The court sentenced Raslanas, 87, to be incarcerated in a high-security labor facility. However, there is no doubt that Russia, where Raslanas currently resides, will not extradite him, say observers.
The former high-ranking Soviet state security official was convicted of organizing the murder of 76 political prisoners near the village of Rainiai, in the Telsiai region of western Lithuania, on June 24, 1941. Raslanas was the head of the Telsiai NKVD.
Raslanas gave orders to a Soviet army unit to kill the "nationalists." But only a handful of the "enemies of the Soviet Union" were killed with bullets. The rest died after being tortured in a terrifying manner.
Soviet soldiers cut off the men's genitals and put them in their mouths.
Soviet activists cut off ears, tongues, scalps, took out eyes, pulled off fingernails, and made belts from the victims' skins and used them to tie their hands while the victims were still alive.
Some of these "nationalists" were teenage school pupils. The victims' only guilt was the fact that they belonged to patriotic organizations in independent Lithuania before the Soviet occupation of 1940.
The court's verdict was read out to a courtroom audience, including the victims' family members. Some of them burst into tears.
Raslanas, a citizen of Russia, did not attend the hearings. The Lithuanian-Russian legal assistance treaty states that the two countries should not surrender their citizens.
Raslanas currently lives in the town of Balashikha near Moscow.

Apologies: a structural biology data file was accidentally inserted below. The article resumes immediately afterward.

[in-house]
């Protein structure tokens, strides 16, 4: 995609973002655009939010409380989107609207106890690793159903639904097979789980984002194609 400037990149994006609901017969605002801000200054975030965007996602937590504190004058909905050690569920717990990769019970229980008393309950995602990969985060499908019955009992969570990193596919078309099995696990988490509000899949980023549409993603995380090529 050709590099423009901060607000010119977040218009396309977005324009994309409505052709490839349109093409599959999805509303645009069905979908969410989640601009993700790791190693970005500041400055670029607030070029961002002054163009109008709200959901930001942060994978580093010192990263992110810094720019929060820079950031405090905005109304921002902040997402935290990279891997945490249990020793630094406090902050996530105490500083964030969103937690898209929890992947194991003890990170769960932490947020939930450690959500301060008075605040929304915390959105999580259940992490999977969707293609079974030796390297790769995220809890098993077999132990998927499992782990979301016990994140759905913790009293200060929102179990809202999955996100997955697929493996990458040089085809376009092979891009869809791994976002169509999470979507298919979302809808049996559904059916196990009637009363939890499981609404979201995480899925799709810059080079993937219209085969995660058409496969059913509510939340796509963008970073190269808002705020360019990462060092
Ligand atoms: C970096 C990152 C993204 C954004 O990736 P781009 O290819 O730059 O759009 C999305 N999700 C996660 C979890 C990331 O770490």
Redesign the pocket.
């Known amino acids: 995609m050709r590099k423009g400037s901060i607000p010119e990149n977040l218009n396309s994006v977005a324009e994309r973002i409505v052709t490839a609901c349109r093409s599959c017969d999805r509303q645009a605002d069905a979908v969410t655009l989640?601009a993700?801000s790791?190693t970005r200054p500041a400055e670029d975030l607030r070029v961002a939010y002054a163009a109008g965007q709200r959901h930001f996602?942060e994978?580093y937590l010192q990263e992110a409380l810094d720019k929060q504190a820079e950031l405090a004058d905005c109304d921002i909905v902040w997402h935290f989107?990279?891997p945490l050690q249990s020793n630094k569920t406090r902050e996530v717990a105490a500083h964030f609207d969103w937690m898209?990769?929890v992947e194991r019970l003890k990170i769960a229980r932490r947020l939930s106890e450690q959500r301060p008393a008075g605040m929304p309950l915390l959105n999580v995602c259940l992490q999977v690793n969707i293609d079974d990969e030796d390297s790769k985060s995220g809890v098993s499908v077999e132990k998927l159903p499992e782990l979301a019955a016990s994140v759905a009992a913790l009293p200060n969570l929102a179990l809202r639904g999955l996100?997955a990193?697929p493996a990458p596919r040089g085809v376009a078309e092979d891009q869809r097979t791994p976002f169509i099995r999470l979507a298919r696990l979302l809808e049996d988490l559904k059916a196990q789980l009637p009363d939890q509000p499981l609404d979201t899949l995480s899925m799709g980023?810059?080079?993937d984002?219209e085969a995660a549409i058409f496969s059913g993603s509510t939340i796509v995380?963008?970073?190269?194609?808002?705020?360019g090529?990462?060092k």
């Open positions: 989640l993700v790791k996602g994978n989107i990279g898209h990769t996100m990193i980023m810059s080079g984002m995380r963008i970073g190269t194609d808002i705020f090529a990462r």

"This crime was very easy to prove. We have documents from 1942, which were written by Raslanas himself. Raslanas wrote about his organized massacre to the communist authorities. He explains that the 'nationalists' were killed out of fear that the coming German army could set them free," Arvydas Anusauskas, researcher with the Genocide and Resistance Center, told The Baltic Times.
The case was opened by Lithuanian prosecutors in 1988 after Mikhail Gorbachev's perestroika created the conditions necessary for it to begin.
Prosecutors questioned the two main suspects in the Rainiai massacre, NKVD officers Raslanas and Nachmanas Dusanskis. In 1992 Raslanas sold his flat in Vilnius, divorced his wife and left for Russia. The Lithuanian authorities did nothing to stop him.
Since then he has continued to receive a high pension as a World War II veteran while refusing to communicate with Lithuanian prosecutors.
Anusauskas tried to explain this absurd situation. "The law on crimes of genocide was adopted only in 1992. Only then did Lithuanian prosecutors got a legal basis for prosecuting Raslanas."
He does not think that Russia will send Raslanas back to Lithuania.
The other suspect, Dusanskis, a former officer of the KGB, lives in Israel. In 1990 the chief of the KGB in Vilnius decided to send him to Israel for good because, he wrote, "there are accusations in the Lithuanian media that Dusanskis participated in the Rainiai events."
The Israeli authorities also refuse to cooperate with Lithuanian prosecutors.
"Witnesses say different things about Dusanskis. Some say he participated in the massacre. Some say he didn't," said Anusauskas.
When he was questioned in the late 1980s, Dusanskis said that he was on vacation in the Crimea on the day of the massacre. Raslanas never mentioned Dusanskis when he spoke about Rainiai.
"But what we can say is that Dusanskis sent those people to death. He ordered their arrests. More is known about Dusanskis' activities after World War II. He participated in the Rainiai-style torture of the Lithuanian partisan leader Adolfas Ramanauskas and other crimes," Anusauskas said.
In 2000, the Genocide and Resistance Center issued a book called "Rainiu Tragedija." It is full of testimonies from witnesses to the Rainiai massacre and photographs of the victims.